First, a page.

Other groupings, including the 39-member Alliance of Small Island States and the 46 least-developed countries (LDCs), also repeated their demands this week for a dedicated financing facility to help countries ravaged by climate change impacts.
They urged the developed world – which is responsible for most historical planet-heating emissions – to close the funding gap so that the burden of climate change does not unfairly fall on poorer communities around the globe.
“A failure to cut emissions and provide adequate finance for adaptation is increasingly causing loss and damage in our countries, and we’re paying for it,” said Madeleine Diouf Sarr of Senegal, which represents the LDC group in Bonn……PACNEWS
PAC – OCEANS: RNZ PACIFIC PACNEWS 1: Thu 09 Jun 2022
Pacific seeks to ensure ‘wider commitment’ on oceans
SUVA, 09 JUNE 2022 (RNZ PACIFIC) — The global community needs to “be inspired” to defend the world’s oceans ahead of the second United Nations Oceans Conference in Lisbon at the end of the month, a Fijian policymaker says.
Fisheries minister Semi Koroilavesau said the Pacific cannot protect its greatest resource through advocacy and action on its own.
Safeguarding the ocean and its resources against future dangers “to make it truly sustainable” will require the “entire world” to show more commitment, Koroilavesau said.
A former Navy commander and a self-professed marine advocate, he believes Pacific people’s future will be secured if “we will take whatever actions we must take”.
There are “enormous challenges before us and we need to turn our hopes into genuine ambition” to boost ocean action in the Blue Pacific, he told participants attending the World Oceans Day celebrations in Suva on Wednesday.
“As stewards of the Ocean, our task is to lead, to be a beacon of Blue leadership that inspires the world to turn away from the model of development that harms our ocean and threatens to strip off our life given resources,” he said.
This year’s theme for the international day – marked annually on 8 June – is “Revitalisation: Collective Action for the Ocean”
Koroilavesau said it calls for “wider commitment” and urged stakeholders to collaborate to realise the changes necessary to protect the ocean.
“Our shared commitment towards collaboration will inspire and ignite actions that will certainly benefit us and our future generations,” he said, adding “the health and wellbeing of the Pacific Ocean and “the state of our climate are an interconnected system.”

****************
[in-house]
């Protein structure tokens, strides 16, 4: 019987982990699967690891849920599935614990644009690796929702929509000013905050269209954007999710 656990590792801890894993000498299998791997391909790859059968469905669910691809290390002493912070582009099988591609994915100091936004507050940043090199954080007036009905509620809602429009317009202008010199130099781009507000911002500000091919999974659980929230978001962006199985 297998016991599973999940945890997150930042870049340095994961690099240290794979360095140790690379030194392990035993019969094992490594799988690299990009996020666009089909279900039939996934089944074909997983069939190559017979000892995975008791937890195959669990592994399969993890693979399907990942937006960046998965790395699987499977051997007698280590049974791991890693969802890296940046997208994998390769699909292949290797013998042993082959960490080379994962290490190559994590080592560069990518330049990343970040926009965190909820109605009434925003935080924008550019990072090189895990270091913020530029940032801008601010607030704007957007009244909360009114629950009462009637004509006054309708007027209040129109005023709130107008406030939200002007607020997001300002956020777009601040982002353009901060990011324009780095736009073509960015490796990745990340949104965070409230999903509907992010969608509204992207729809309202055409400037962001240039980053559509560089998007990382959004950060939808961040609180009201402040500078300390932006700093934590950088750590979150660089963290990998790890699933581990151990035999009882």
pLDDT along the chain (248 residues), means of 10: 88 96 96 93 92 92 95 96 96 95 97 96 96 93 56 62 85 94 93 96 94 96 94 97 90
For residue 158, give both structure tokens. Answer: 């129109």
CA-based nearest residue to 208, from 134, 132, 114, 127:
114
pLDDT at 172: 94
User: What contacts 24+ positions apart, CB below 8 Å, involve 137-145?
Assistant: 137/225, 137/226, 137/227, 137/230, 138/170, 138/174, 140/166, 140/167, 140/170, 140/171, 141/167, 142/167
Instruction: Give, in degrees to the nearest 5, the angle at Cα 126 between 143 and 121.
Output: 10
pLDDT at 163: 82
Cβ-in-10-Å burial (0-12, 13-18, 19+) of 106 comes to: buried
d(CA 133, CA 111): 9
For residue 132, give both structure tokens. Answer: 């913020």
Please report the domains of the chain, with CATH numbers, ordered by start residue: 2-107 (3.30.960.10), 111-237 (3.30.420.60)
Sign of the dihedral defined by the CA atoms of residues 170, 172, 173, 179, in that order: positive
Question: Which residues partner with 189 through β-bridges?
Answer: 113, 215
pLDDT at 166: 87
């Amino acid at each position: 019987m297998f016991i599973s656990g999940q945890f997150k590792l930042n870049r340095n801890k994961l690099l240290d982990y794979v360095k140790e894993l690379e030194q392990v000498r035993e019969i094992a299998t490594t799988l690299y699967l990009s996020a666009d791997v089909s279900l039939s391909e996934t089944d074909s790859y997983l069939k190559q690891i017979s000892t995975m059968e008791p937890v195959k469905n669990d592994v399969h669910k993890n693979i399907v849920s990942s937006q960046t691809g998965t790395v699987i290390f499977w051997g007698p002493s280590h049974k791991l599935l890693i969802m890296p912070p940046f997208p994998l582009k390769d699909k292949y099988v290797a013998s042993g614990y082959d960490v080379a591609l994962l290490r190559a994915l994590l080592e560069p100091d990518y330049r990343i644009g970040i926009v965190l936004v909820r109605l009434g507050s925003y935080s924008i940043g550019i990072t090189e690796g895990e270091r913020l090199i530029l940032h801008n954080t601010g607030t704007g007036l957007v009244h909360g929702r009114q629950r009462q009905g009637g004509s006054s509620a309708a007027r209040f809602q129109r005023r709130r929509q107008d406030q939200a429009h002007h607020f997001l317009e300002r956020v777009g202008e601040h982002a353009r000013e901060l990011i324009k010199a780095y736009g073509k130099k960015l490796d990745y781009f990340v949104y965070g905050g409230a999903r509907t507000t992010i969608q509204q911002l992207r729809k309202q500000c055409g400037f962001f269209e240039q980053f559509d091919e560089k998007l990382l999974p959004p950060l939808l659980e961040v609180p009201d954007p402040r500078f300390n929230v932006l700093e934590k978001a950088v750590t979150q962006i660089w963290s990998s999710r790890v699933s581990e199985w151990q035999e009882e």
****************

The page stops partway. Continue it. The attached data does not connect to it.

The Pacific Ocean spans approximately 41 million square kilometres and is a fundamental part of the livelihoods and identity of the Pacific people.
Pacific Islands Forum Secretariat (PIFS) deputy director-general Dr Filimon Manoni said the ocean is at the heart of the region’s geography and its cultures.
“It’s all we have…[and] all we return to in times of need, either for daily sustenance, for economic development, and nation building aspirations,” Dr Manoni said.
“We are inextricably linked to the ocean in all aspects of our everyday life.”
The ocean is home to almost 80 percent of all life on Earth. But its state is in decline, as it faces a range of threats due to human activity.
“Its health and ability to sustain life will only get worse as the world population grows and human activities increase,” the United Nations has said.
2022, therefore, is regarded as a critical year for the ocean and an opportunity to reset the global ocean agenda at the Portugal conference.
This week, regional stakeholders gathered in Suva during the fourth Pacific Ocean Alliance (POA) meeting convened by the Office of the Pacific Ocean Commissioner (OPOC) to prepare for the UN conference.
The gathering was scheduled to align with the World Oceans Day to drive regional and global awareness of the region’s priorities for global ocean action, according to OPOC.
Over two days, the alliance aimed to identify the collective priorities for ocean action and approaches to drive global support.
Ocean’s Commissioner and Pacific Islands Forum secretary-general Henry Puna said “much has evolved” since the last time the Alliance met in 2019, prior to the Covid-19 pandemic.
Puna said the region now finds itself “in a much more contested and challenging environment…faced with heightened geostrategic competition” as it “navigates the impacts of a global pandemic”.
“Yet the health of our ocean and indeed our planet continues to suffer as a result of climate change and other anthropogenic depressions,” he said.
“This challenging context will place significant pressure on our ability to realise our political and sustainable development aspirations.”
Several high-level ocean-related events have already been held this year with the Our Ocean Conference in Palau in April and the One Ocean Conference hosted by France in May.
Puna is expecting the conversations held during the POA meeting will strengthen the Pacific’s collective vision to conserve and sustainably use the world’s oceans and marine resources.
“I am hopeful that this gathering of the POA will provide an opportunity for us all to share our experiences and reflect on how we can work together, how we can collaborate and engage better, and how we can do more to ensure the health and survival of our ocean,” he said.
The UN Oceans Conference will be held from the 27 June to 1 July.